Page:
High Mass Loading of Flowerlike Ni-MoS2 Microspheres toward Efficient Intercalation Pseudocapacitive Electrodes

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Panchu, Sarojini Jeeva
Raju, Kumar
Singh, Prashant
Swart, Hendrik C.
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Iowa State University Digital Repository, Ames IA (United States)
Johnson, Duane
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Ames National Laboratory

Ames National Laboratory is a government-owned, contractor-operated national laboratory of the U.S. Department of Energy (DOE), operated by and located on the campus of Iowa State University in Ames, Iowa.

For more than 70 years, the Ames National Laboratory has successfully partnered with Iowa State University, and is unique among the 17 DOE laboratories in that it is physically located on the campus of a major research university. Many of the scientists and administrators at the Laboratory also hold faculty positions at the University and the Laboratory has access to both undergraduate and graduate student talent.

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Materials Science and Engineering

The Department of Materials Science and Engineering teaches the composition, microstructure, and processing of materials as well as their properties, uses, and performance. These fields of research utilize technologies in metals, ceramics, polymers, composites, and electronic materials.

The Department of Materials Science and Engineering was formed in 1975 from the merger of the Department of Ceramics Engineering and the Department of Metallurgical Engineering.

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This work reports the exploration of intercalation pseudocapacitance in a thicker electrode of flowerlike Ni-doped MoS2 microspheres that features a mass loading of ∼10 mg/cm2 without sacrificing the gravimetric capacitance (∼425 F/g at 5 mV/s). Integration of Ni atoms into MoS2 microspheres not only stabilized the structural integrity but also ameliorated the rapid intercalation and deintercalation of electrolyte ions even at a commercial-level mass loading. The energy instability by Ni doping significantly changed the local bonding behavior and the overall electronic structure of MoS2, facilitating the breaking of the MoS2 layer and generation of more active edge sites, which are responsible for faster reaction kinetics. The experiments attribute the overall capacitance enhancement in (Mo-Ni)S2 to the increased rate of electrolyte ion insertion and extraction, which is confirmed by b-values close to 0.5, at different potentials, indicating that the current response predominantly depends on the diffusive mechanism for both MoS2 and Ni-MoS2 thicker electrodes. The symmetric device constructed with Ni-MoS2 microspheres exhibited a capacitance value of 101 F/g in 1 mV/s, for which the energy density is 9 Wh/kg, as well as attained an outstanding cycling stability of 10 000 cycles with 60% retention at 2 A/g. In addition to providing insights into the development of 2D TMDs, this work explores the design of robust and highly efficient intercalation electrode material for electrochemical energy storage devices.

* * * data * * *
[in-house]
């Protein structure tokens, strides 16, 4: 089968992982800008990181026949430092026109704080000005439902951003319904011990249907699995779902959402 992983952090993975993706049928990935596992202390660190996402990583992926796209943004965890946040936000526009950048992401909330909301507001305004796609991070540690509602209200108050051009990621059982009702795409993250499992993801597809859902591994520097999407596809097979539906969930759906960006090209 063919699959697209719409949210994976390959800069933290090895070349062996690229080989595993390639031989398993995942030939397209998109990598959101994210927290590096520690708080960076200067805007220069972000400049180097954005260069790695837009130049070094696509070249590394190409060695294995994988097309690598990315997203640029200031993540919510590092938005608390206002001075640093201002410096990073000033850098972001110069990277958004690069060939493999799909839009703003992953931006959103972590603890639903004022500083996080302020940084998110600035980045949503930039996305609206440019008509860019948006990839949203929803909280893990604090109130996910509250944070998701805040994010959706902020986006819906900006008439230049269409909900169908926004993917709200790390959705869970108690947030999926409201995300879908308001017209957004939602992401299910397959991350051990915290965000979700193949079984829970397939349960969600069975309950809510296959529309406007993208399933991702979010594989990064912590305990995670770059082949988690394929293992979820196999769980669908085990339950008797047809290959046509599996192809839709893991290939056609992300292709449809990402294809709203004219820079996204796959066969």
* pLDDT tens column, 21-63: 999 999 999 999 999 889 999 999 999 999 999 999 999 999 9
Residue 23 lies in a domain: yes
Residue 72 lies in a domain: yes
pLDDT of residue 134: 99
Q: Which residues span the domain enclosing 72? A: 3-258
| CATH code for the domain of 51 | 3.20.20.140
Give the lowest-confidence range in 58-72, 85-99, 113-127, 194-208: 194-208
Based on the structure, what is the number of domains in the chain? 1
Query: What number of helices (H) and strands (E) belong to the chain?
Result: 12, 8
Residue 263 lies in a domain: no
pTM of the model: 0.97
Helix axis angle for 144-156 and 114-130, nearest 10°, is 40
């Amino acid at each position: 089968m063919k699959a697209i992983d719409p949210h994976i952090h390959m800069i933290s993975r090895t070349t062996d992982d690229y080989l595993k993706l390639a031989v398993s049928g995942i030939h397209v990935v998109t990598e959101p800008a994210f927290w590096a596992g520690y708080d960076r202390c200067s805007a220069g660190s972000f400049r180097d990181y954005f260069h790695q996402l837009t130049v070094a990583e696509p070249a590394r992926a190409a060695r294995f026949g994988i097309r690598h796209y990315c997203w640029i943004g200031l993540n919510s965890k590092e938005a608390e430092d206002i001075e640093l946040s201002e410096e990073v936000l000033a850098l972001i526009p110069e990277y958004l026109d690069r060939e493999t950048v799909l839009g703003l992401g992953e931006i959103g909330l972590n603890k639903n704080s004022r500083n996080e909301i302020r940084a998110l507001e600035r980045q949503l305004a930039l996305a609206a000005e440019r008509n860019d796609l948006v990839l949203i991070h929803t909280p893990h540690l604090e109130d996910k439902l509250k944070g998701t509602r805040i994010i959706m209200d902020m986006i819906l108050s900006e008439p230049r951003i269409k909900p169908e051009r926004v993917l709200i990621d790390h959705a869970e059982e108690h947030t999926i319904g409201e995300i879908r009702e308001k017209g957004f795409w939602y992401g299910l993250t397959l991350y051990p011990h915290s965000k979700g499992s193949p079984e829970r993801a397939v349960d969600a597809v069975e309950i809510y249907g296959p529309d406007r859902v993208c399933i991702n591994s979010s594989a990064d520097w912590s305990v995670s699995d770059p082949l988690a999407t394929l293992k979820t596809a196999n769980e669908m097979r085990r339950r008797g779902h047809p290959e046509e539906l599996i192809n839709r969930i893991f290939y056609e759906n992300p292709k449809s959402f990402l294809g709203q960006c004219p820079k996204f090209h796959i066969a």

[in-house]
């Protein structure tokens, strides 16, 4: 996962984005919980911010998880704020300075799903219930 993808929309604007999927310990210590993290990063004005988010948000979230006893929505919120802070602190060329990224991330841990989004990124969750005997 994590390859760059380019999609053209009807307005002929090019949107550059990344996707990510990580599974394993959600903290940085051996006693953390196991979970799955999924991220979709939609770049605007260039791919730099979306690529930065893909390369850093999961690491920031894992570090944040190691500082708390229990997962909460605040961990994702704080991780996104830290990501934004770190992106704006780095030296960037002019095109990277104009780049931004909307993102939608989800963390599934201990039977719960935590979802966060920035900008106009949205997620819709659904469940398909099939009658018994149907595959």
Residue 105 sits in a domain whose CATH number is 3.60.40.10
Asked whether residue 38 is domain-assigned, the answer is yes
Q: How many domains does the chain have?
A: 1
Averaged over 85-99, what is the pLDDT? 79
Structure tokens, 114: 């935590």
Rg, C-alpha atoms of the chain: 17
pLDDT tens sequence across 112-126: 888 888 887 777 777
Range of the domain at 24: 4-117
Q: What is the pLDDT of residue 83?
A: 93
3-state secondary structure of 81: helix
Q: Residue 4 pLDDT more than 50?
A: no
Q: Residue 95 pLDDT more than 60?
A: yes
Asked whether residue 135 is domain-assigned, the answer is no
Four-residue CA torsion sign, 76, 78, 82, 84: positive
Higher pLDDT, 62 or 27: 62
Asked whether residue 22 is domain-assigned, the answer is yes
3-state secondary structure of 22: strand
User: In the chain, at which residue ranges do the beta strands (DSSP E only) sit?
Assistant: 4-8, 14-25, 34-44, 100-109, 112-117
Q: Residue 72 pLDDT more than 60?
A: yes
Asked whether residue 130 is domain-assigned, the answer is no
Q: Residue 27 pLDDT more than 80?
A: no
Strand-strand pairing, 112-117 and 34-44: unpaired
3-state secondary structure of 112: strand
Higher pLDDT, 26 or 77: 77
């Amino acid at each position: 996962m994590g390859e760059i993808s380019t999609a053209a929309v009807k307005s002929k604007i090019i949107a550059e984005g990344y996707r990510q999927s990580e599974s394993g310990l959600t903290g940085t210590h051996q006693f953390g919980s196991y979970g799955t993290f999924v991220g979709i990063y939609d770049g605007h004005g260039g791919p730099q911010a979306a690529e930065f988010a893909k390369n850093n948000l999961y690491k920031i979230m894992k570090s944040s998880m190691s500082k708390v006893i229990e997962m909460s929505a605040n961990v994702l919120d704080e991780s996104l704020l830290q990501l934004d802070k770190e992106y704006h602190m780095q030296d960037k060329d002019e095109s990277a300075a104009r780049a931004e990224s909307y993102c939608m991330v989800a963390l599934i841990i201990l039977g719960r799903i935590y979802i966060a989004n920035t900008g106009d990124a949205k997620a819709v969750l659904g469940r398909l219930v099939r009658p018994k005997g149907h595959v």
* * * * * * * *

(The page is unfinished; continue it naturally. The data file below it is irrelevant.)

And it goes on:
This document is the unedited Author’s version of a Submitted Work that was subsequently accepted for publication as Panchu, Sarojini Jeeva, Kumar Raju, Prashant Singh, Duane D. Johnson, and Hendrik C. Swart. "High Mass Loading of Flowerlike Ni-MoS2 Microspheres toward Efficient Intercalation Pseudocapacitive Electrodes." ACS Applied Energy Materials 6, no. 4 (2023): 2187-2198. Copyright 2023 American Chemical Society after peer review. To access the final edited and published work see DOI: 10.1021/acsaem.2c03257. Posted with permission. DOE Contract Number(s): AC02-07CH11358; 84415
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